Hemocompatibility remains a challenge for injectable and/or implantable medical devices, and thromboresistant coatings appear to be one of the most attractive methods to down-regulate the unwanted enzymatic reactions that promote the formation of blood clots. Among all polymeric materials, polyurethanes (PUs) are a class of biomaterials with excellent biocompatibility and bioinertness that are suitable for the use of thromboresistant coatings. In this work, we investigated the thermal and physico-mechanical behaviors of ester-based and ether-based PU films for potential uses in thromboresistant coatings. Our results show that poly(ester urethane) and poly(ether urethane) films exhibited characteristic peaks corresponding to their molecular configurations. Thermal characterizations suggest a two-step decomposition process for the poly(ether urethane) films. Physico-mechanical characterizations show that the surfaces of the PU films were hydrophobic with minimal weight changes in physiological conditions over 14 days. All PU films exhibited high tensile strength and large elongation to failure, attributed to their semi-crystalline structure. Finally, the in vitro clotting assays confirmed their thromboresistance with approximately 1000-fold increase in contact time with human blood plasma as compared to the glass control. Our work correlates the structure-property relationships of PU films with their excellent thromboresistant ability.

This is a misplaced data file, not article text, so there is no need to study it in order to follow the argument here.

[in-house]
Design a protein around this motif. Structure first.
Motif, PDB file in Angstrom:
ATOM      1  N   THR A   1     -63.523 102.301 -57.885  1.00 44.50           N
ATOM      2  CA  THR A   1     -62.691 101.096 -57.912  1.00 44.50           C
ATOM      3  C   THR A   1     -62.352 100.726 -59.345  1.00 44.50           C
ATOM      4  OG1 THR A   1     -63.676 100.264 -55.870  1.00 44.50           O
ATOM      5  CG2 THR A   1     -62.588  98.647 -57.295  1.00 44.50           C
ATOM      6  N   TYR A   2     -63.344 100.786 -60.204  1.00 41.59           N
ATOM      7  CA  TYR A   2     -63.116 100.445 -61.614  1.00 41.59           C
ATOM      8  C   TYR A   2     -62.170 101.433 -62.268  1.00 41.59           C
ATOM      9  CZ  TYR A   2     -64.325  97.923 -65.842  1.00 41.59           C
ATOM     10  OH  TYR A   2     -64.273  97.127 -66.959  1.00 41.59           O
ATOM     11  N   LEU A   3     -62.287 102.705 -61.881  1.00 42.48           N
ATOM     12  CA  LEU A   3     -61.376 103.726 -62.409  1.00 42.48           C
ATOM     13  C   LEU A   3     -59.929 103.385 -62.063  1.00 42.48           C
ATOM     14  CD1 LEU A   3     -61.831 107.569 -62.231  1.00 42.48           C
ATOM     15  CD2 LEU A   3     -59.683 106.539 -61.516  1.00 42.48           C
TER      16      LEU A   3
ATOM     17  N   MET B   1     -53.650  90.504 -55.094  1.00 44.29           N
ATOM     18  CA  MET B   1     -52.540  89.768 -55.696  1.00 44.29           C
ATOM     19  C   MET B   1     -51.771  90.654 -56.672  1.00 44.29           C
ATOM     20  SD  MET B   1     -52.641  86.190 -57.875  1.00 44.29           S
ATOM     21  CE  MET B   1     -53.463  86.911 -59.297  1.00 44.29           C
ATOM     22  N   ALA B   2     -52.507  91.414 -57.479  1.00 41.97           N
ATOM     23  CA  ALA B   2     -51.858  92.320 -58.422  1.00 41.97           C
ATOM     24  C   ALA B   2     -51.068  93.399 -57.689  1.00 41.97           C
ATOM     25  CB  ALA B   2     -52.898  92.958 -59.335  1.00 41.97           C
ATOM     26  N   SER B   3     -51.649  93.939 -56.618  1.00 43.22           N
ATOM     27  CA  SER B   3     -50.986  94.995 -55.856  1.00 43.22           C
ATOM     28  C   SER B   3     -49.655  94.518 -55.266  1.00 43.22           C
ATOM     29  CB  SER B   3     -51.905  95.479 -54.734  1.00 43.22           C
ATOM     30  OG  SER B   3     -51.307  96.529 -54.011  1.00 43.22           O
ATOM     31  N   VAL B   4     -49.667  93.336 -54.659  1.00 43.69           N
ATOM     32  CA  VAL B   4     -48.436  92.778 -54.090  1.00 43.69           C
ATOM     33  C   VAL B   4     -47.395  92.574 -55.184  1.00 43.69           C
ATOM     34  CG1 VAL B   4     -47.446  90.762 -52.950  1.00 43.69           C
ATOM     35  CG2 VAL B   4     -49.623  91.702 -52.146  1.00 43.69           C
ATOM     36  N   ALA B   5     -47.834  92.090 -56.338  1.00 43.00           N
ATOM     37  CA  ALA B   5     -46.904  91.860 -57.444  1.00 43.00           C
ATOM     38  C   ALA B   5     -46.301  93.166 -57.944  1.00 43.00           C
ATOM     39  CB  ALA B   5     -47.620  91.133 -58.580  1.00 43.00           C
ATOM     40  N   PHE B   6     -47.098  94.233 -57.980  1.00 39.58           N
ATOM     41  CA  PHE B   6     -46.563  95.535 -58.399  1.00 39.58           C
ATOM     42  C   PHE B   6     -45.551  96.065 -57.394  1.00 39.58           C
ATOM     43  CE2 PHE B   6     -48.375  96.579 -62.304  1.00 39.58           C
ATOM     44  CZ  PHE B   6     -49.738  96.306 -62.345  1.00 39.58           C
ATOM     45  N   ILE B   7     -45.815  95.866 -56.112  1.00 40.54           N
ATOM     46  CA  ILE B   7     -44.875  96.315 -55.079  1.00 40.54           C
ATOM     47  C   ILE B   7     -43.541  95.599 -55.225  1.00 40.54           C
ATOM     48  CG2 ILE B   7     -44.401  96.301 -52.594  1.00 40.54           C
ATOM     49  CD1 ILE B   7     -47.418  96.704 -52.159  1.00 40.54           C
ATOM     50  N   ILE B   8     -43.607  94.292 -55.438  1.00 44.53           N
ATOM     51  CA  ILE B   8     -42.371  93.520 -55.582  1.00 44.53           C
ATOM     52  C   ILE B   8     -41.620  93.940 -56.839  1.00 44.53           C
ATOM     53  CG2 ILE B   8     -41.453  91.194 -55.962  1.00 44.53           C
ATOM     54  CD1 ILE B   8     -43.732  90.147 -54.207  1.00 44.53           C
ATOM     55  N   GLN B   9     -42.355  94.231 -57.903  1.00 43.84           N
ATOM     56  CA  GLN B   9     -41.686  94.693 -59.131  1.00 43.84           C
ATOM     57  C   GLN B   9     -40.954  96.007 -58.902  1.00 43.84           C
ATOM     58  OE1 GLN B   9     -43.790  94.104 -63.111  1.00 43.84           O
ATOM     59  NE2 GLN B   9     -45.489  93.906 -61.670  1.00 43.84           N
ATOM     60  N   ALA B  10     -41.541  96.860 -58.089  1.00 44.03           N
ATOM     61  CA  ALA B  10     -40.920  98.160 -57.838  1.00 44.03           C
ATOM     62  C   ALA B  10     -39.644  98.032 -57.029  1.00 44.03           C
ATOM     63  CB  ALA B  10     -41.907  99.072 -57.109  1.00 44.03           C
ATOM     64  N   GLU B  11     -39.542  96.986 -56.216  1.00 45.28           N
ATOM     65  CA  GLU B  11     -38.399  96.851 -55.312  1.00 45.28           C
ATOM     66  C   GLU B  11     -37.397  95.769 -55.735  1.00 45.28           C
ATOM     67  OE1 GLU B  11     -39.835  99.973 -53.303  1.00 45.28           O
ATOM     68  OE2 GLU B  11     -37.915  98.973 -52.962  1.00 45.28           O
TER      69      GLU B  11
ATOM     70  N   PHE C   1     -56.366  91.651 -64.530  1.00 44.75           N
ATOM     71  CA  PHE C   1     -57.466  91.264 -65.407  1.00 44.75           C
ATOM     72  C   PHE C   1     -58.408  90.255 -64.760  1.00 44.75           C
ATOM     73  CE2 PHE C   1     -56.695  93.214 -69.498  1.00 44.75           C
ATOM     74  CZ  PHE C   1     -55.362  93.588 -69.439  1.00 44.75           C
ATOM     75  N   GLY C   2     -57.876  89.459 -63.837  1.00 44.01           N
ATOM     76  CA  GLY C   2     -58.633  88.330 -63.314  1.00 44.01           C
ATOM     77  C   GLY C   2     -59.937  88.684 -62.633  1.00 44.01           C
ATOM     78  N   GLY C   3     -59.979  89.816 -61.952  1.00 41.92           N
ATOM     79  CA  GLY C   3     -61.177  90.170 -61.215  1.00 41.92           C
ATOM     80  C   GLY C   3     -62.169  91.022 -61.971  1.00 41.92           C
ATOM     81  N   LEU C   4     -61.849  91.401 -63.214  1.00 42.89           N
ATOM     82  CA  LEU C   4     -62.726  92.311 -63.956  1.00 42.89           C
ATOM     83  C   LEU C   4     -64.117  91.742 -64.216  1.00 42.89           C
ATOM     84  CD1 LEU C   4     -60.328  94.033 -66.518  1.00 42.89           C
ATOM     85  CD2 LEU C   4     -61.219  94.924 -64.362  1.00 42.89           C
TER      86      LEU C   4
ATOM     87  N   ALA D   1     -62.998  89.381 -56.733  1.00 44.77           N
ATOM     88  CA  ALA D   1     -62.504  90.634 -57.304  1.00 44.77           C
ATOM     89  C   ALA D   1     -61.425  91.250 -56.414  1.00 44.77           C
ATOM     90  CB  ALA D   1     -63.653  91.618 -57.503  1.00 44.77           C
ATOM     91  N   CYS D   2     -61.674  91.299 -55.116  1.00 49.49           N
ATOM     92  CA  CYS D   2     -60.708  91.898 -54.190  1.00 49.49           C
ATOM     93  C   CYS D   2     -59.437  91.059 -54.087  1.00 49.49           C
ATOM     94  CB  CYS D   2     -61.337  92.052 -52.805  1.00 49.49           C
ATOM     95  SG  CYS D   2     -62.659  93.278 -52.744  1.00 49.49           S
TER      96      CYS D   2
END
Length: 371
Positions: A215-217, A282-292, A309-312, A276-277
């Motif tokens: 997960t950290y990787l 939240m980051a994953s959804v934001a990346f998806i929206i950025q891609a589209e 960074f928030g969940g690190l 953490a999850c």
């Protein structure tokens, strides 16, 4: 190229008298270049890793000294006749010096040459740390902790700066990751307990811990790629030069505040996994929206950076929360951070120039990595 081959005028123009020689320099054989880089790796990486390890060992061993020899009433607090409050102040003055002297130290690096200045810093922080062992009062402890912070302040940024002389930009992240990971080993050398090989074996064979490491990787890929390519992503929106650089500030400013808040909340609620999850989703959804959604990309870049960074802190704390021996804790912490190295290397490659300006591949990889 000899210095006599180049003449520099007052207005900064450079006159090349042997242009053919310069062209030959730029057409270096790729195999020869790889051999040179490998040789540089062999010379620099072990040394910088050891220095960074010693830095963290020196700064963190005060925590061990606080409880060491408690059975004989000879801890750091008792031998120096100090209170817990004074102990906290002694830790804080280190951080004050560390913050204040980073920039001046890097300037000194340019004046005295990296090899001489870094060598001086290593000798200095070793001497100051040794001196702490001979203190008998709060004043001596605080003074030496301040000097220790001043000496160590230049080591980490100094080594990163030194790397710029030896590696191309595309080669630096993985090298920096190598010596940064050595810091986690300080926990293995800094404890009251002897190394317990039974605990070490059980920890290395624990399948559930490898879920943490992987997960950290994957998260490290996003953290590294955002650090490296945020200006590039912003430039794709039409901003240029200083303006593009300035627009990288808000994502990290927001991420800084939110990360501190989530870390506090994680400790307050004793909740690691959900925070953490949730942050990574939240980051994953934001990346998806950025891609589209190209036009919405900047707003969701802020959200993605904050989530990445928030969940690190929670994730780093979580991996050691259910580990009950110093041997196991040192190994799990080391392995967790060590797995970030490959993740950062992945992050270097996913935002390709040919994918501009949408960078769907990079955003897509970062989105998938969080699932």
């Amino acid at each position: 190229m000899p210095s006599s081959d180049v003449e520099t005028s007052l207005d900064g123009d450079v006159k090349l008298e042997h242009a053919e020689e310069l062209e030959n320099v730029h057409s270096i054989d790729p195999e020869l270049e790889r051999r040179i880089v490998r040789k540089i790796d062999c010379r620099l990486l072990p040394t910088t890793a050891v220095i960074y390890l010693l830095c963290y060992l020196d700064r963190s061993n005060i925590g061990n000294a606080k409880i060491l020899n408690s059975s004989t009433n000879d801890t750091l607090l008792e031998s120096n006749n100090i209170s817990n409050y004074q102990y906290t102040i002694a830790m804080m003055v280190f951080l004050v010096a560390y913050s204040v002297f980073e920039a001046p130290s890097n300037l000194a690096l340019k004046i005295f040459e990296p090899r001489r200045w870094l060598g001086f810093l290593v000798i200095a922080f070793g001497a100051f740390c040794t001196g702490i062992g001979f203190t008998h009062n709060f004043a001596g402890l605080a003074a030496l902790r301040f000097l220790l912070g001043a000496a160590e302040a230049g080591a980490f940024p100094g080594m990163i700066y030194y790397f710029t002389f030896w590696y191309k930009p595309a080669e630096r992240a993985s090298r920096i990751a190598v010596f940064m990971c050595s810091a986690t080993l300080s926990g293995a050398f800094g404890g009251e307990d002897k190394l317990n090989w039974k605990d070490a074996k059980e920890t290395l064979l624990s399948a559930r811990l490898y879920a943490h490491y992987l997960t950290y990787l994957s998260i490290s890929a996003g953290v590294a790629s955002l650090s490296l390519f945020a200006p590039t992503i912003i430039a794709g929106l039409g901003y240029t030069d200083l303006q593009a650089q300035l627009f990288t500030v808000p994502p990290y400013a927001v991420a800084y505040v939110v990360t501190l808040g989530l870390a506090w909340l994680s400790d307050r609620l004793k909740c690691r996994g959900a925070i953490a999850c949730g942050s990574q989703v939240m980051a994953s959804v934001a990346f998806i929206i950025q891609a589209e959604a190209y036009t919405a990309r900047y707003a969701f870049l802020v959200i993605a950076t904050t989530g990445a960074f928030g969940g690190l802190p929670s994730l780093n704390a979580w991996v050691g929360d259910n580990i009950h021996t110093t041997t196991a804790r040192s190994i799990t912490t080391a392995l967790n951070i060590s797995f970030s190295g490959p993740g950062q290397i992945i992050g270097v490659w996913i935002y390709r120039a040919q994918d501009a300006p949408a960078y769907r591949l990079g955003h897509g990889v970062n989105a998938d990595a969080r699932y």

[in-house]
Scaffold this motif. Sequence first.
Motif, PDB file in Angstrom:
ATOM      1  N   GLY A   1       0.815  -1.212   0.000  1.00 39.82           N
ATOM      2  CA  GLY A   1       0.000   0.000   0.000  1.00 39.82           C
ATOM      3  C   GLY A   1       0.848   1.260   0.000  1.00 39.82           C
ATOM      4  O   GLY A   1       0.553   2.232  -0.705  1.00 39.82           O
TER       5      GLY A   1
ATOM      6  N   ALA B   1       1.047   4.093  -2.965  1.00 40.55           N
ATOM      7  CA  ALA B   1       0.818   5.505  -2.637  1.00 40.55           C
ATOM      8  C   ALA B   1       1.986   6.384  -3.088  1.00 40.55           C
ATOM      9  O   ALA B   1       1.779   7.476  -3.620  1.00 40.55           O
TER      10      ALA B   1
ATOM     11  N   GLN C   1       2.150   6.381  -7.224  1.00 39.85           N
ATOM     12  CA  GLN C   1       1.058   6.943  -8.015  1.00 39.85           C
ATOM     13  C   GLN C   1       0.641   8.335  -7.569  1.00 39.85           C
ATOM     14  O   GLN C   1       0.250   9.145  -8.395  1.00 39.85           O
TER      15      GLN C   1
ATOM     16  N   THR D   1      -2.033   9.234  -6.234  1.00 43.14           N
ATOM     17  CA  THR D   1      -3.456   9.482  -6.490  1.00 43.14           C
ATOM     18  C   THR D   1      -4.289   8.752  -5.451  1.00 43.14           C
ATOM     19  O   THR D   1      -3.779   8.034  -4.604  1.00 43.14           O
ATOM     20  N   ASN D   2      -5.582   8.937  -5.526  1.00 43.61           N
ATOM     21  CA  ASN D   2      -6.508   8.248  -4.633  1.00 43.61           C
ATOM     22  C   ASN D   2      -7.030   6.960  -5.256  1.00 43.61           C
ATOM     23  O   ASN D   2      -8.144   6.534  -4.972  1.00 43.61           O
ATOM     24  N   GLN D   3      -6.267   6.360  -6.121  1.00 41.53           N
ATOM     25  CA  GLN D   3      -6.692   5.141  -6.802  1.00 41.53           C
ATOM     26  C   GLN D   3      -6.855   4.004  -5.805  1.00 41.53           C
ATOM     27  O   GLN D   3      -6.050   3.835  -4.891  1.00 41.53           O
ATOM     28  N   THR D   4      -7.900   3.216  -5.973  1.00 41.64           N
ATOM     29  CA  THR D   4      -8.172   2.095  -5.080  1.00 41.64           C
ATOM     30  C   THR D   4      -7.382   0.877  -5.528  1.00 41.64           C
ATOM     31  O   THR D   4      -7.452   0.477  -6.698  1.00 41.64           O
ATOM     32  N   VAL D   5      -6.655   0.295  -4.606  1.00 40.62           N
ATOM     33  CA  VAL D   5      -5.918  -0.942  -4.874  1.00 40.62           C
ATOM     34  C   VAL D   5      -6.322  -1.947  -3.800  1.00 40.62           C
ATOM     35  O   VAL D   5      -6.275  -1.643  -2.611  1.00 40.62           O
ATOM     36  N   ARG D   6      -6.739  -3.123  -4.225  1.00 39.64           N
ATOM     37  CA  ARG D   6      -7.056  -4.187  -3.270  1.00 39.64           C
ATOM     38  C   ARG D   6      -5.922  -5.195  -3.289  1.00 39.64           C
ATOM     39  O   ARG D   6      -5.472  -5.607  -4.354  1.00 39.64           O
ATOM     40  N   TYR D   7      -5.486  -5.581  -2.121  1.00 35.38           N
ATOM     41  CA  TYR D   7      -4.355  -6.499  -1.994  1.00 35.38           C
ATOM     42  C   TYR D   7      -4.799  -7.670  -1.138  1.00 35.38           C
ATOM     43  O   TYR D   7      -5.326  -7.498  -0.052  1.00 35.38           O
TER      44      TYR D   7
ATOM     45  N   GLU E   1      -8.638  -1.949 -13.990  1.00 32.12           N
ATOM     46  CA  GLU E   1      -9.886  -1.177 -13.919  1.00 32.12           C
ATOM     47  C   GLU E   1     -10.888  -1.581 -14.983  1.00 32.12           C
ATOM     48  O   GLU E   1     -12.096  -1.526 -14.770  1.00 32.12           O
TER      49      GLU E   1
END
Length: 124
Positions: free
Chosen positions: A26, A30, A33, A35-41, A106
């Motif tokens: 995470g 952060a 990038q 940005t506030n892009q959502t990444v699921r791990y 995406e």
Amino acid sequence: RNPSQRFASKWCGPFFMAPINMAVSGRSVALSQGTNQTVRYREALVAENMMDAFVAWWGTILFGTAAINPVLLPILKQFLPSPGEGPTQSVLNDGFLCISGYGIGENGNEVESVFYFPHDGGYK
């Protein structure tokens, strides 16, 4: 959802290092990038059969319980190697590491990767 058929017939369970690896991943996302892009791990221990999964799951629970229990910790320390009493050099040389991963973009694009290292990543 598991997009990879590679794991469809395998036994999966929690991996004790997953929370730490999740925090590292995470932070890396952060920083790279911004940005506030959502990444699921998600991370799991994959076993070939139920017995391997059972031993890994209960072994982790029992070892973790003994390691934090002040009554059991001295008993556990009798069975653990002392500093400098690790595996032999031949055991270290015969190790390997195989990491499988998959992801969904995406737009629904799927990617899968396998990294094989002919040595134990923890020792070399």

© 2019 by the authors. Licensee MDPI, Basel, Switzerland. This article is an open access article distributed under the terms and conditions of the Creative Commons Attribution (CC BY) license (http://creativecommons.org/licenses/by/4.0/)



Date of publication

Fall 8-14-2019



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